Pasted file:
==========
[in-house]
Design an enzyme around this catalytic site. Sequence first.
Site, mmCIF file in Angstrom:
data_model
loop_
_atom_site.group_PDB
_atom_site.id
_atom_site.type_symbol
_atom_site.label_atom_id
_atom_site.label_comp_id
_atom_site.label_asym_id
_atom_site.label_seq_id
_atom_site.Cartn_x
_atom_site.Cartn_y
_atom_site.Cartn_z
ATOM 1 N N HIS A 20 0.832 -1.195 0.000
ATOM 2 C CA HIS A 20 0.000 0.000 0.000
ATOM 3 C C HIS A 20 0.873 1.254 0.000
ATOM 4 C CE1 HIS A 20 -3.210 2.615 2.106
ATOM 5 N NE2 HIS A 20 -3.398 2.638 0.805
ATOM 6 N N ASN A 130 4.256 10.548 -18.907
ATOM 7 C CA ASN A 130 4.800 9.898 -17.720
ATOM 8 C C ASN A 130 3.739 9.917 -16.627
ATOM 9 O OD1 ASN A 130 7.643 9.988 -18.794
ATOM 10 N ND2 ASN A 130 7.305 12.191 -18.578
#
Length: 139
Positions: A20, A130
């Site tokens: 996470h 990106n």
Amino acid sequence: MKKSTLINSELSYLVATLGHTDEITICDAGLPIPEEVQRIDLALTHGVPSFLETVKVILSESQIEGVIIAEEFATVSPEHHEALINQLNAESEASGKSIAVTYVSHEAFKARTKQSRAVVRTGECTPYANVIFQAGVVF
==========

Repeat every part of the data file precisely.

[in-house]
Design an enzyme around this catalytic site. Sequence first.
Site, mmCIF file in Angstrom:
data_model
loop_
_atom_site.group_PDB
_atom_site.id
_atom_site.type_symbol
_atom_site.label_atom_id
_atom_site.label_comp_id
_atom_site.label_asym_id
_atom_site.label_seq_id
_atom_site.Cartn_x
_atom_site.Cartn_y
_atom_site.Cartn_z
ATOM 1 N N HIS A 20 0.832 -1.195 0.000
ATOM 2 C CA HIS A 20 0.000 0.000 0.000
ATOM 3 C C HIS A 20 0.873 1.254 0.000
ATOM 4 C CE1 HIS A 20 -3.210 2.615 2.106
ATOM 5 N NE2 HIS A 20 -3.398 2.638 0.805
ATOM 6 N N ASN A 130 4.256 10.548 -18.907
ATOM 7 C CA ASN A 130 4.800 9.898 -17.720
ATOM 8 C C ASN A 130 3.739 9.917 -16.627
ATOM 9 O OD1 ASN A 130 7.643 9.988 -18.794
ATOM 10 N ND2 ASN A 130 7.305 12.191 -18.578
#
Length: 139
Positions: A20, A130
């Site tokens: 996470h 990106n």
Amino acid sequence: MKKSTLINSELSYLVATLGHTDEITICDAGLPIPEEVQRIDLALTHGVPSFLETVKVILSESQIEGVIIAEEFATVSPEHHEALINQLNAESEASGKSIAVTYVSHEAFKARTKQSRAVVRTGECTPYANVIFQAGVVF